quality

Rice University And OpenStax Announce First Open-Source Textbooks

Source: http://techcrunch.com/2012/02/07/rice-university-and-openstax-announce-first-open-source-textbooks/

openstax

When we think about the distribution industry being disrupted, we tend to think about music and movies, whose physical media and vast shipment infrastructure have been rendered mostly obsolete over the last decade. To a lesser extent, we hear about print, and the effect of e-readers and web consumption on books and magazines. No one is making the change particularly gracefully, and the same can be said of the textbook business, which does millions of dollars of business every year selling incredibly expensive items to students — who likely consider them anachronisms.

Rice University, which has been pushing alternative distribution mechanisms for scholarly publications for years, has announced a new initiative, by which they hope to publish free, high-quality textbooks in core subjects like physics and biology via a non-profit publisher called OpenStax College. It’s the polar opposite of Apple’s iBooks textbooks, which, while they too help drag this dusty industry into the present, amount more to a new sales vector for the publishers than competition.

Rice and OpenStax aren’t the first people to propose open-source or free textbooks. There are collections here and there, like Flat World Knowledge and Apple’s iTunes U — but they’re decidedly short on the type of books a freshman might have to buy for their year of survey courses: Biology 1, Physics 1, Sociology 1, Psychology 1. And 11 Learning has a similar idea of collaboration producing a book, but their creation model may not be economically feasible.

And of course there are the many companies that want to remove textbooks from the equation entirely. Setting up textbook platforms on new devices like Kno and Inkling, making an environment for meta-curricular activities and non-traditional learning like Khan Academy, or virtualizing the whole education experience, something with which many universities are tinkering.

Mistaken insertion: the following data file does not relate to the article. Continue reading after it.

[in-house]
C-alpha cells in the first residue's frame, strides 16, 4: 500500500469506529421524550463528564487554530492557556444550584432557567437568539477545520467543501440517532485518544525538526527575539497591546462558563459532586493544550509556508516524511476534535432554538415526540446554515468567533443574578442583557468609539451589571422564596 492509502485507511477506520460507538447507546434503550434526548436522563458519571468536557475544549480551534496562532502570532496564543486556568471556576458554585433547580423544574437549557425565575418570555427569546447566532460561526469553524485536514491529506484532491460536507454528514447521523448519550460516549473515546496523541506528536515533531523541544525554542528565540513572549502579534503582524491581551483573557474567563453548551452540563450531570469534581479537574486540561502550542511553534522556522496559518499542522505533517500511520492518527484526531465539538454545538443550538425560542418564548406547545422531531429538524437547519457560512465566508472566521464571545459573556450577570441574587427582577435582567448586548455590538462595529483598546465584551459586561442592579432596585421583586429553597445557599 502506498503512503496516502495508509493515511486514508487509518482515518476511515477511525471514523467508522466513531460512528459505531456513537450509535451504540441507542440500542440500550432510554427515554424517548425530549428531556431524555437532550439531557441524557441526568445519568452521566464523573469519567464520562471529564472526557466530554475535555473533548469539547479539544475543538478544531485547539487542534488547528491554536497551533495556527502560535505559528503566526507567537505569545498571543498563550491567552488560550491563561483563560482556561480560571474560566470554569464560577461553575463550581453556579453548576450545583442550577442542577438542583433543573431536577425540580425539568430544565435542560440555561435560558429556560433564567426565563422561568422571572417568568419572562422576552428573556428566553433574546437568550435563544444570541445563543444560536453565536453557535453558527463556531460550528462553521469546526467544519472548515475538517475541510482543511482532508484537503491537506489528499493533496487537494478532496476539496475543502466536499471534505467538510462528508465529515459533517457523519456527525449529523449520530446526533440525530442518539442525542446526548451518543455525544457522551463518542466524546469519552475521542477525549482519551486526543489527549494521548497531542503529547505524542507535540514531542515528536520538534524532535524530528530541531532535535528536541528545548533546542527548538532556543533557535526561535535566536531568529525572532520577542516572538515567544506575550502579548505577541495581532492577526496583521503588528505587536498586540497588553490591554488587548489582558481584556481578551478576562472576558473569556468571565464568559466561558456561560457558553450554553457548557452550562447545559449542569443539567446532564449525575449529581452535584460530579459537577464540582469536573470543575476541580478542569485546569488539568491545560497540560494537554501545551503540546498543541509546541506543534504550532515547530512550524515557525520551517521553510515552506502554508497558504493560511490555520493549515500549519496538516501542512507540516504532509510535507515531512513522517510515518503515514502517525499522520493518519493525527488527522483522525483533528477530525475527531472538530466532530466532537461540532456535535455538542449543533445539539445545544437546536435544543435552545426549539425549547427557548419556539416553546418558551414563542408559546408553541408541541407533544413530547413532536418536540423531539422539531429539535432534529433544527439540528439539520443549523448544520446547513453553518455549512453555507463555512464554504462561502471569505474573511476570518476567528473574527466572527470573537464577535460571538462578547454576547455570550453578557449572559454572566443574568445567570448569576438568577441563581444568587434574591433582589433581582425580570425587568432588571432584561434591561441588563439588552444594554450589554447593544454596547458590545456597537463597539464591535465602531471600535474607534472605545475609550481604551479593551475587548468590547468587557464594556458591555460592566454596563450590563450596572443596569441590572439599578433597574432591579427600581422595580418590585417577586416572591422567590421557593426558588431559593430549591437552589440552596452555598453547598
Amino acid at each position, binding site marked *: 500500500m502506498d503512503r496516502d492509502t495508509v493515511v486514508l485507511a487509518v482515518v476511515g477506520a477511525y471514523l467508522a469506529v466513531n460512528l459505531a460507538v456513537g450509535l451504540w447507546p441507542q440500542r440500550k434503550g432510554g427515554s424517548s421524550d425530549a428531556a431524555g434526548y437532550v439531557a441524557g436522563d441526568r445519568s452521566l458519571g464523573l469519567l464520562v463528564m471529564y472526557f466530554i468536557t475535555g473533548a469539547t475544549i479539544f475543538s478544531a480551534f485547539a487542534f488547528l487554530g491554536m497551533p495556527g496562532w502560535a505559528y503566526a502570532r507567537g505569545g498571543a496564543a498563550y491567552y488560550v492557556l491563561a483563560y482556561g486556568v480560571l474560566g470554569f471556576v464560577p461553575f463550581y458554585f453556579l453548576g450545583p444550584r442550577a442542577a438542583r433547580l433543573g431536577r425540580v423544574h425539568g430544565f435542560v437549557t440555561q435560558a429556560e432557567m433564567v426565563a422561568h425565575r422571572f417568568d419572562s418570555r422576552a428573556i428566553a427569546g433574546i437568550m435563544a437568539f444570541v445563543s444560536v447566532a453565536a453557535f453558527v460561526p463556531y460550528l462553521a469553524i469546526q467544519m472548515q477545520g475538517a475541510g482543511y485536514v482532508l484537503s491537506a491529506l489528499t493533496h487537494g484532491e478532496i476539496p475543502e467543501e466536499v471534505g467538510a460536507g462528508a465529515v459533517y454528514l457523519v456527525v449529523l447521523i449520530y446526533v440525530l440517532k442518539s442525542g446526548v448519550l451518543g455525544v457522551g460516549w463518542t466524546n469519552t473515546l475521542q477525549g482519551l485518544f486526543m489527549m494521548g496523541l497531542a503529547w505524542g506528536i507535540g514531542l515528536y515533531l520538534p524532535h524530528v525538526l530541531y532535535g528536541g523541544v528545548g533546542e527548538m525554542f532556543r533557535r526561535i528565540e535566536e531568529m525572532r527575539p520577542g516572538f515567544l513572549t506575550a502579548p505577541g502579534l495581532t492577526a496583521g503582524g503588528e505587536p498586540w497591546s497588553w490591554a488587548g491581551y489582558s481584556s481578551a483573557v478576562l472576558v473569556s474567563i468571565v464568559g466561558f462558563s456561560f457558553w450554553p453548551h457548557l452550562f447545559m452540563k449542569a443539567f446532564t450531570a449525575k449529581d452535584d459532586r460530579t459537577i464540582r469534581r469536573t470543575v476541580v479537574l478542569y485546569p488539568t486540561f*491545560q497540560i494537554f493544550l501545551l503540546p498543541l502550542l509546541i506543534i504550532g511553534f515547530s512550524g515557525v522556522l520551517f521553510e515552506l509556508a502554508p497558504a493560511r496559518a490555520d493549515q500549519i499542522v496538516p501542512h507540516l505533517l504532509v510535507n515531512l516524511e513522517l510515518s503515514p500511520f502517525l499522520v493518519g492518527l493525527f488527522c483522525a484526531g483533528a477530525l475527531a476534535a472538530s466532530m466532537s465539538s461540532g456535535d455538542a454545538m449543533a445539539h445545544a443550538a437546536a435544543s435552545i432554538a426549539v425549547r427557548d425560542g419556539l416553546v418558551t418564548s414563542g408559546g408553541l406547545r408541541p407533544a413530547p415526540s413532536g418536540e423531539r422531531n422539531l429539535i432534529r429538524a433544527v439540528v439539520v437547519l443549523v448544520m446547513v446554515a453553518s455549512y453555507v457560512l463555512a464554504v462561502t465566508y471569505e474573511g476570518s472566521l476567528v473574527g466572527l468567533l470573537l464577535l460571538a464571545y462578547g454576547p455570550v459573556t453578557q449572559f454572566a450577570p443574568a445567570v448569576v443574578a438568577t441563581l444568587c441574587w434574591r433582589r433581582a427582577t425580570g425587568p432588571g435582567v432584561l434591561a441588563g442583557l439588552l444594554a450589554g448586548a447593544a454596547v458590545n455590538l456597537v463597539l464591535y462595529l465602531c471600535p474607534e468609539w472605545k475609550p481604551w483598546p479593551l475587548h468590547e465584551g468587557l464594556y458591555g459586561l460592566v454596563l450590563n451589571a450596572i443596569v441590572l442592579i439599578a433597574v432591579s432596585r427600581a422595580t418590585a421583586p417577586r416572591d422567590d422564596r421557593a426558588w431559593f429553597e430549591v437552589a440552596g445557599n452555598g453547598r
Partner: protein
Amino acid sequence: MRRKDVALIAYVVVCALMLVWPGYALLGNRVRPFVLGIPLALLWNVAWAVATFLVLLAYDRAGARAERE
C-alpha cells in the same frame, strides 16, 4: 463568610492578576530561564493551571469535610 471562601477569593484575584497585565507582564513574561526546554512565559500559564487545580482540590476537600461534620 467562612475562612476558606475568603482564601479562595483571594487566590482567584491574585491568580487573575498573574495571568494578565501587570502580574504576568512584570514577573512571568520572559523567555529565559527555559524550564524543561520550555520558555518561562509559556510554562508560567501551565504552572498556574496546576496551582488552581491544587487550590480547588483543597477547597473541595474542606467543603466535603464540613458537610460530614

But textbooks are still big business, and their utility in the education system is difficult to argue with right now. So OpenStax splits the difference: fueled by grant money from a number of private foundations (i.e. not government grants), they’re putting together full-on textbooks, peer-reviewed, professionally laid out, and all that. These textbooks will be provided for free in file form. But supplementary materials — quizzes, videos, presentations, and the like, presumably — cost money.

It would be petty to call this a bait and switch, since the bulk of the material is being provided for free. And a savvy professor or TA can scrape quite a few supplementary materials from the web already, thanks to those post-textbook services already mentioned. Providing the meat for free and the potatoes for a price is perfectly reasonable.

What remains to be seen is the quality of the textbooks. So far OpenStax has signed up “in the low tens” of colleged and universities to use the books. Institutions probably are waiting to see how the next year or so plays out: everything is in flux and to commit to one platform over another when the true costs and benefits are still unclear would be a bad move.